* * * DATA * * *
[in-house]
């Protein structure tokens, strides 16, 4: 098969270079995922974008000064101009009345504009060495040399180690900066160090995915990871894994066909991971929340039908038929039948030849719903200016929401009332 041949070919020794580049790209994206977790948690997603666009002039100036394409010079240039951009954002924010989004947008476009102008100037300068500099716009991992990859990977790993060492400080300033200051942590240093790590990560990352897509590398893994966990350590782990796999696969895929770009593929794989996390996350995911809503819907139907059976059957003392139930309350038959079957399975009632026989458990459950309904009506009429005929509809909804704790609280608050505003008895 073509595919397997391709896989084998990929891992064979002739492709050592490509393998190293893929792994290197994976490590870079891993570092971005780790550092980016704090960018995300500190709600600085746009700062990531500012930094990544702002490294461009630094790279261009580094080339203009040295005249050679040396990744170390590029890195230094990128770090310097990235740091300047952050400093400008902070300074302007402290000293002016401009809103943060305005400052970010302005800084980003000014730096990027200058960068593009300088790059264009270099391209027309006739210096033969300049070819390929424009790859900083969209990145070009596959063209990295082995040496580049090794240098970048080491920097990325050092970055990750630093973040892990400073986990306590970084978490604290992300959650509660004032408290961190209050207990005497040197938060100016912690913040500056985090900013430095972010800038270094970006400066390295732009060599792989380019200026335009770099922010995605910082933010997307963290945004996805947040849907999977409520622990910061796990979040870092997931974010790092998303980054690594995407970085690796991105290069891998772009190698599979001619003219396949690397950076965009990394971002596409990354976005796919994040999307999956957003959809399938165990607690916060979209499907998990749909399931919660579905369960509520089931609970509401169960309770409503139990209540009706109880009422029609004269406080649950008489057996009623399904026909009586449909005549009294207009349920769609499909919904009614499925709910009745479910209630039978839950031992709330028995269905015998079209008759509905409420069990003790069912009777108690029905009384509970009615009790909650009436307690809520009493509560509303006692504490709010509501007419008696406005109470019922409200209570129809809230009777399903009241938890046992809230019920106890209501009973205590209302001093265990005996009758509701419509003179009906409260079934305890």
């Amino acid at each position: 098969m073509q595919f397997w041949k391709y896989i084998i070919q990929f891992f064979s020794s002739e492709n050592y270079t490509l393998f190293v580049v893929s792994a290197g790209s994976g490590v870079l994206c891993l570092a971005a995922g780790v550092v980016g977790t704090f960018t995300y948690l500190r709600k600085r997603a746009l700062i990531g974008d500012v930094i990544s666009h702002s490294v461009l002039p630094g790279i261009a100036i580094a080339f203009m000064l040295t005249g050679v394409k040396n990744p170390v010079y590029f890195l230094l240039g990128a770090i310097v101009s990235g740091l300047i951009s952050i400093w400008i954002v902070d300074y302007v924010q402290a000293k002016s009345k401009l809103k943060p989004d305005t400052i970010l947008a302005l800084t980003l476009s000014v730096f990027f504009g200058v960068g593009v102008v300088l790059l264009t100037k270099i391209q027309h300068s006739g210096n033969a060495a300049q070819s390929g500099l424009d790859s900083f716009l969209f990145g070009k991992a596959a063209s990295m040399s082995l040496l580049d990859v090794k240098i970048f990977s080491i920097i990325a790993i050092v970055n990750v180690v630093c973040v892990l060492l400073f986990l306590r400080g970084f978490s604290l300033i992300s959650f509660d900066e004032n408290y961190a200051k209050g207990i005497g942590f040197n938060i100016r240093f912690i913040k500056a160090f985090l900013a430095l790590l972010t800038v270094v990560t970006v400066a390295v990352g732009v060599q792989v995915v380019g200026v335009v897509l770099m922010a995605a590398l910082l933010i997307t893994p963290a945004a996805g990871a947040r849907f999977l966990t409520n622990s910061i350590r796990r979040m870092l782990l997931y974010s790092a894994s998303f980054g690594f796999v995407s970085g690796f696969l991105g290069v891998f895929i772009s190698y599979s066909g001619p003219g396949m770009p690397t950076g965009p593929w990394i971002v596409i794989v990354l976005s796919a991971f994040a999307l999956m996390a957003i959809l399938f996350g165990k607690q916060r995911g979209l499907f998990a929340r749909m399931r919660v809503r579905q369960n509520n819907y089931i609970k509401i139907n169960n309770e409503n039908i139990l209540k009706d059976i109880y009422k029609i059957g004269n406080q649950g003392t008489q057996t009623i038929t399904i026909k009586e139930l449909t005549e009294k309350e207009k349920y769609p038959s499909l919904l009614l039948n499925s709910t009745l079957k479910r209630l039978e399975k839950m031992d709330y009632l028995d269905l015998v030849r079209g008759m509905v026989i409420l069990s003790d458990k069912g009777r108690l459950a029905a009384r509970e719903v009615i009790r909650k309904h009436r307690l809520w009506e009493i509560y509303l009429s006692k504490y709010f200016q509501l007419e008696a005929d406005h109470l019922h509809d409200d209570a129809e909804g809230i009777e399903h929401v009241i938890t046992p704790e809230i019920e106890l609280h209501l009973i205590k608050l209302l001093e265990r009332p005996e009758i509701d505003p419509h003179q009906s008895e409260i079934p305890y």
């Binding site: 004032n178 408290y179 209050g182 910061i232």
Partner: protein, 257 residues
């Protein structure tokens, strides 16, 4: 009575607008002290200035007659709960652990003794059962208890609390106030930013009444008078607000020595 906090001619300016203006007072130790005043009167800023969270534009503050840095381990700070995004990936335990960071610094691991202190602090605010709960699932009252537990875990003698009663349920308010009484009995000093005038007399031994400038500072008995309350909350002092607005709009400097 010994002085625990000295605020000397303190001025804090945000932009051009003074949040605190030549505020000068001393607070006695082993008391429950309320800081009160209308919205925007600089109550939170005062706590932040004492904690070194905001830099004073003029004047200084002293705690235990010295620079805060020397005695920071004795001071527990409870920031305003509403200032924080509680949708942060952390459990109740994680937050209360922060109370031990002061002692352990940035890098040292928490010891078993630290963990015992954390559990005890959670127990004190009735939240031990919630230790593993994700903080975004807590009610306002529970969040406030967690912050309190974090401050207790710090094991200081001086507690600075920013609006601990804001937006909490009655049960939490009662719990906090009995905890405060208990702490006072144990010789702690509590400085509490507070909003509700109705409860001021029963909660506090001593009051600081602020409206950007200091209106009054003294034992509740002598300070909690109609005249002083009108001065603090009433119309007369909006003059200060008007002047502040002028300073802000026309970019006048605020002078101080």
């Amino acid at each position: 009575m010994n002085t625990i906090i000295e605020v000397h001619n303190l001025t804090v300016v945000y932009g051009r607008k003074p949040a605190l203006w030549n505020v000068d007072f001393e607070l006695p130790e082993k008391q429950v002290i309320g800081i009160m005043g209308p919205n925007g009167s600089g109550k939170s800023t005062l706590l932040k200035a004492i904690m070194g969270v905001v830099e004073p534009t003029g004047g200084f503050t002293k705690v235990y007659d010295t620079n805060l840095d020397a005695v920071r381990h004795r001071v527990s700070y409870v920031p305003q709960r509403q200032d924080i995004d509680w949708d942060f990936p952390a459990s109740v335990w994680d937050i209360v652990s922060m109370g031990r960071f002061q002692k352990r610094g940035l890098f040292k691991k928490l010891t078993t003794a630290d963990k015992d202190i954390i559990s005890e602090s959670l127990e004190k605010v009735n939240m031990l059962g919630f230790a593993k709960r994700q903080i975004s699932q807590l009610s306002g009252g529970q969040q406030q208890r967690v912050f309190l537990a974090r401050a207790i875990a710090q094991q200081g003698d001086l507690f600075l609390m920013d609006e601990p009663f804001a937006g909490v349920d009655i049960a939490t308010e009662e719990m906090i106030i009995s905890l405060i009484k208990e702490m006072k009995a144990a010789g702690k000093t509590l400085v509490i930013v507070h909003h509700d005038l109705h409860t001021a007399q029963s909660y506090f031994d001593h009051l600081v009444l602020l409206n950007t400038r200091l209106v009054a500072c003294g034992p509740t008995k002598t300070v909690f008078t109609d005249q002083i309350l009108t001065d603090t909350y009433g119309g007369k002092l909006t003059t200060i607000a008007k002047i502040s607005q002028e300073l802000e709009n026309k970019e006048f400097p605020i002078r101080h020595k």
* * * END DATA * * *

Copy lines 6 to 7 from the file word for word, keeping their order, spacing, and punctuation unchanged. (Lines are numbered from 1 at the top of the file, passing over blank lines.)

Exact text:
């Protein structure tokens, strides 16, 4: 009575607008002290200035007659709960652990003794059962208890609390106030930013009444008078607000020595 906090001619300016203006007072130790005043009167800023969270534009503050840095381990700070995004990936335990960071610094691991202190602090605010709960699932009252537990875990003698009663349920308010009484009995000093005038007399031994400038500072008995309350909350002092607005709009400097 010994002085625990000295605020000397303190001025804090945000932009051009003074949040605190030549505020000068001393607070006695082993008391429950309320800081009160209308919205925007600089109550939170005062706590932040004492904690070194905001830099004073003029004047200084002293705690235990010295620079805060020397005695920071004795001071527990409870920031305003509403200032924080509680949708942060952390459990109740994680937050209360922060109370031990002061002692352990940035890098040292928490010891078993630290963990015992954390559990005890959670127990004190009735939240031990919630230790593993994700903080975004807590009610306002529970969040406030967690912050309190974090401050207790710090094991200081001086507690600075920013609006601990804001937006909490009655049960939490009662719990906090009995905890405060208990702490006072144990010789702690509590400085509490507070909003509700109705409860001021029963909660506090001593009051600081602020409206950007200091209106009054003294034992509740002598300070909690109609005249002083009108001065603090009433119309007369909006003059200060008007002047502040002028300073802000026309970019006048605020002078101080």
């Amino acid at each position: 009575m010994n002085t625990i906090i000295e605020v000397h001619n303190l001025t804090v300016v945000y932009g051009r607008k003074p949040a605190l203006w030549n505020v000068d007072f001393e607070l006695p130790e082993k008391q429950v002290i309320g800081i009160m005043g209308p919205n925007g009167s600089g109550k939170s800023t005062l706590l932040k200035a004492i904690m070194g969270v905001v830099e004073p534009t003029g004047g200084f503050t002293k705690v235990y007659d010295t620079n805060l840095d020397a005695v920071r381990h004795r001071v527990s700070y409870v920031p305003q709960r509403q200032d924080i995004d509680w949708d942060f990936p952390a459990s109740v335990w994680d937050i209360v652990s922060m109370g031990r960071f002061q002692k352990r610094g940035l890098f040292k691991k928490l010891t078993t003794a630290d963990k015992d202190i954390i559990s005890e602090s959670l127990e004190k605010v009735n939240m031990l059962g919630f230790a593993k709960r994700q903080i975004s699932q807590l009610s306002g009252g529970q969040q406030q208890r967690v912050f309190l537990a974090r401050a207790i875990a710090q094991q200081g003698d001086l507690f600075l609390m920013d609006e601990p009663f804001a937006g909490v349920d009655i049960a939490t308010e009662e719990m906090i106030i009995s905890l405060i009484k208990e702490m006072k009995a144990a010789g702690k000093t509590l400085v509490i930013v507070h909003h509700d005038l109705h409860t001021a007399q029963s909660y506090f031994d001593h009051l600081v009444l602020l409206n950007t400038r200091l209106v009054a500072c003294g034992p509740t008995k002598t300070v909690f008078t109609d005249q002083i309350l009108t001065d603090t909350y009433g119309g007369k002092l909006t003059t200060i607000a008007k002047i502040s607005q002028e300073l802000e709009n026309k970019e006048f400097p605020i002078r101080h020595k």